ESPN is going to do something a bit different with Monday Night Countdown this year.
Starting with this Mike Ditka this Monday, they’ll be rotating in a cast of NFL legends, according to a release from ESPN.
Chris Berman and ESPN will welcome NFL legends to Monday Night Countdown throughout the 2016 NFL season. Beginning this week, the Monday Night Football pregame (6 p.m. ET) will feature a special guest who will join Berman for the entire two-hour show at ESPN’s Bristol, Conn., studios to talk football and preview the MNF game.
Pro Football Hall of Famer Mike Ditka, who led the Chicago Bears to victory in Super Bowl XX and was part of ESPN’s Countdown shows with Berman from 2004-2015, will be the first guest in the series. He will join Berman on Monday, Sept. 19, in advance of ESPN’s Eagles vs. Bears MNF game.
“Having these football greats in the studio sharing their stories, as well as insights on today’s games will be a dream-come-true for me, more importantly for our viewers,” said Berman. “They forgot more football than the rest of us remember. This will be nothing short of Christmas every Monday night.”
Added Seth Markman, ESPN senior coordinating producer, NFL studio shows: “We have some of the biggest names in the history of pro football coming to Bristol this season to talk football and share stories with Chris Berman. It’s going to be a lot of fun and a great addition to our weekly Monday Night Countdown pregame.”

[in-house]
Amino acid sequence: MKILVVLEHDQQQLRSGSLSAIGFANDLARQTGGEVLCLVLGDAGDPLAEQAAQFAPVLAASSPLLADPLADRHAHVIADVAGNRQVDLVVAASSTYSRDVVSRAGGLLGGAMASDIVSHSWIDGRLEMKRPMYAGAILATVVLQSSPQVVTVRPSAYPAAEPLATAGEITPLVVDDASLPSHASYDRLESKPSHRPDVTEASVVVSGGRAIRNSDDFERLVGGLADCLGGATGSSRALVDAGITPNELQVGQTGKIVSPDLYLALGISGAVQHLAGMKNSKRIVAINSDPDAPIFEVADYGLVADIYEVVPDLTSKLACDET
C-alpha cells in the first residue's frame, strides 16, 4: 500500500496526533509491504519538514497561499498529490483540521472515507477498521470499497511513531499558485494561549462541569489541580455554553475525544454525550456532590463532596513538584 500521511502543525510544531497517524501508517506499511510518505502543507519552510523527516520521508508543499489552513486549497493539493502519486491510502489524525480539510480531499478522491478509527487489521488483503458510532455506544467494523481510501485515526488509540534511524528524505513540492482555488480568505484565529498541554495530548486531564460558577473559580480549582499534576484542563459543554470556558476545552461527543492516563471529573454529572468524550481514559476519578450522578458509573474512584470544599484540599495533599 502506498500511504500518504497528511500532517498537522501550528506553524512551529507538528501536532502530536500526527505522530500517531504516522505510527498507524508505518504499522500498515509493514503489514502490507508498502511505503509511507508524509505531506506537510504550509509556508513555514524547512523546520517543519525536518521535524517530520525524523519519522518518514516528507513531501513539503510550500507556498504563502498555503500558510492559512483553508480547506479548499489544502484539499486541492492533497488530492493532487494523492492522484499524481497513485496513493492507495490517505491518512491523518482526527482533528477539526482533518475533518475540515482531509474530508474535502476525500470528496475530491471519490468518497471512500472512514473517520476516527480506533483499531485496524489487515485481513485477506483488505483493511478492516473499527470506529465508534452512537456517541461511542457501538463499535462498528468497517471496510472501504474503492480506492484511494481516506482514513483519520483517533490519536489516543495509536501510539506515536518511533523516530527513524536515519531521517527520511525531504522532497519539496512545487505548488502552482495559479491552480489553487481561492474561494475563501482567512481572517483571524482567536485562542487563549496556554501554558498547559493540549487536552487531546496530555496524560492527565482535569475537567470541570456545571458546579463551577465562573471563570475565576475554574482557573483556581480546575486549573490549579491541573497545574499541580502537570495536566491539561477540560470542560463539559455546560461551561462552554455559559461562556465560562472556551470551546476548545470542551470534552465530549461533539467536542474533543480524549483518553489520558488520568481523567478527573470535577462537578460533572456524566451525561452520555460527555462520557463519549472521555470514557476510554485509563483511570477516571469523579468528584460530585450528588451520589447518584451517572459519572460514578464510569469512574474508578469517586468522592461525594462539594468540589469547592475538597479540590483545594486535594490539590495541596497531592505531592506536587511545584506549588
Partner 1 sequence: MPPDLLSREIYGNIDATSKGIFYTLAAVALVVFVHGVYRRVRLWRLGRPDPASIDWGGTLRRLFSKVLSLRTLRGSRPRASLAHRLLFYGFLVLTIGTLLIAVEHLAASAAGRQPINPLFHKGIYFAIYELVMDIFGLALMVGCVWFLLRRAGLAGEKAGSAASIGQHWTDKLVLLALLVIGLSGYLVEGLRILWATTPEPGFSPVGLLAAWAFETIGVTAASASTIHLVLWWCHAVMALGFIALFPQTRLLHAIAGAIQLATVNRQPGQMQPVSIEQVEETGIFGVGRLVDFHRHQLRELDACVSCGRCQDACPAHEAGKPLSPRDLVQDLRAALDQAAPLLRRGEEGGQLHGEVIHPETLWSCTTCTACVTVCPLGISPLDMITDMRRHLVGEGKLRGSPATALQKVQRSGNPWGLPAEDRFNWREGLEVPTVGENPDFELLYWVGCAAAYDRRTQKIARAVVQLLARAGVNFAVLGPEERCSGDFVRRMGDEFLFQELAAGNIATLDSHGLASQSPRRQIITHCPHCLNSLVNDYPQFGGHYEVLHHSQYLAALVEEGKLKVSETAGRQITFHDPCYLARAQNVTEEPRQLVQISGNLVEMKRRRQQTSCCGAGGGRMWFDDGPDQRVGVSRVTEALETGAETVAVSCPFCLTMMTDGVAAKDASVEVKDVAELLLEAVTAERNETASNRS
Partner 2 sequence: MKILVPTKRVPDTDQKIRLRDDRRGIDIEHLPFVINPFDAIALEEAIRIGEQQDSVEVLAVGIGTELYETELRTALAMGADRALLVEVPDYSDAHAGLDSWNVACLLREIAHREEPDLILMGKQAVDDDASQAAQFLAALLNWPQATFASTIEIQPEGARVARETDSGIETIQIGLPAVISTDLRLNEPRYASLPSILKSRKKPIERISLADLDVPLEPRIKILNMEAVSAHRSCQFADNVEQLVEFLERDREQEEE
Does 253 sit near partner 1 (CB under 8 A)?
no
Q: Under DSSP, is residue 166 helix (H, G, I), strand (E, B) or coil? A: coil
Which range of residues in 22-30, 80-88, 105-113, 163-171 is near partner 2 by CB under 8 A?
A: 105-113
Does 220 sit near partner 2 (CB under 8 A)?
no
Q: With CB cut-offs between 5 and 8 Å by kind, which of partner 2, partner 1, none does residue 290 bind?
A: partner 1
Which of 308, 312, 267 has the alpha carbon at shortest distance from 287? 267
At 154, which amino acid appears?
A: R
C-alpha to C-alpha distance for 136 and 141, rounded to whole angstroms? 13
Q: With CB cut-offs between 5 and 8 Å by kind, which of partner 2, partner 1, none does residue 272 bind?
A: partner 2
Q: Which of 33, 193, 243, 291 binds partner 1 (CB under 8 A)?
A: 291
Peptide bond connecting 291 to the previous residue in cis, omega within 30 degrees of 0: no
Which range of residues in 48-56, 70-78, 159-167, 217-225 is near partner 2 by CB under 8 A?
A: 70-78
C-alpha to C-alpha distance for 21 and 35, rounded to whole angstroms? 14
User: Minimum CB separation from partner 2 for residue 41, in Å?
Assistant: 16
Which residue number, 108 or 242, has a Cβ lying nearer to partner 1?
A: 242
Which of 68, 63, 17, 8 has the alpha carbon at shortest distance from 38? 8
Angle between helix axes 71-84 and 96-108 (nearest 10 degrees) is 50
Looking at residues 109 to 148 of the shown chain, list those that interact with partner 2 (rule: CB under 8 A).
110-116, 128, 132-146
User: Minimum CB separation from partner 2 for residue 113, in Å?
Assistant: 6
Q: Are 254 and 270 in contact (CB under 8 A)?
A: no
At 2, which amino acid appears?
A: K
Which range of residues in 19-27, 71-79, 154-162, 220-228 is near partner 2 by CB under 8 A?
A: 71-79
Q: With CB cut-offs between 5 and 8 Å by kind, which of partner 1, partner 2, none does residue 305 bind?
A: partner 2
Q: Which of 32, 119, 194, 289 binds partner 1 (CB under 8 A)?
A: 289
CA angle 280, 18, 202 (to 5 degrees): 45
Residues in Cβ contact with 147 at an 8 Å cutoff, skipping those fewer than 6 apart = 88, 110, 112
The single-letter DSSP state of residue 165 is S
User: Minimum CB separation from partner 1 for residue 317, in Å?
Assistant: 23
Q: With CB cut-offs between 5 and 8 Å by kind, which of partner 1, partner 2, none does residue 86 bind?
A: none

In addition to Ditka, who will presumably be totally fair and balanced when previewing this Monday’s tilt between the Bears and the Eagles, future guests will include Michael Irvin, Joe Namath, Jim Kelly, and Joe Theismann, among others.
The operative question, of course, is apparent.
Ditka and Irvin were prior ESPN NFL contributors, Theismann obviously used to do color for Monday Night Football, and there are some recognizable former players as well, but what is ESPN trying to do with the program? Give Chris Berman a parade of buddies to with which to reminisce, or provide actual football analysis and commentary?
Because if you were actually trying to build a compelling television program, this seems far from the preferred format. A regular group, with a solid balance of viewpoints (front office, ex-player, analytical, etc.) to bounce ideas back and forth while reviewing Sunday’s action and previewing the Monday Night Football game. Similar to what Baseball Tonight does, for example, when it puts Keith Law on equal footing (not going to make a height joke at Keith’s expense here) with ex-players; that results in some fascinating contrasts and conversations, which as it turns out, makes for compelling sports television!
This unfortunately feels like Chris Berman trying to host a season-long Monday Night Countdown talk show, and that’s probably not something for which anyone is clamoring.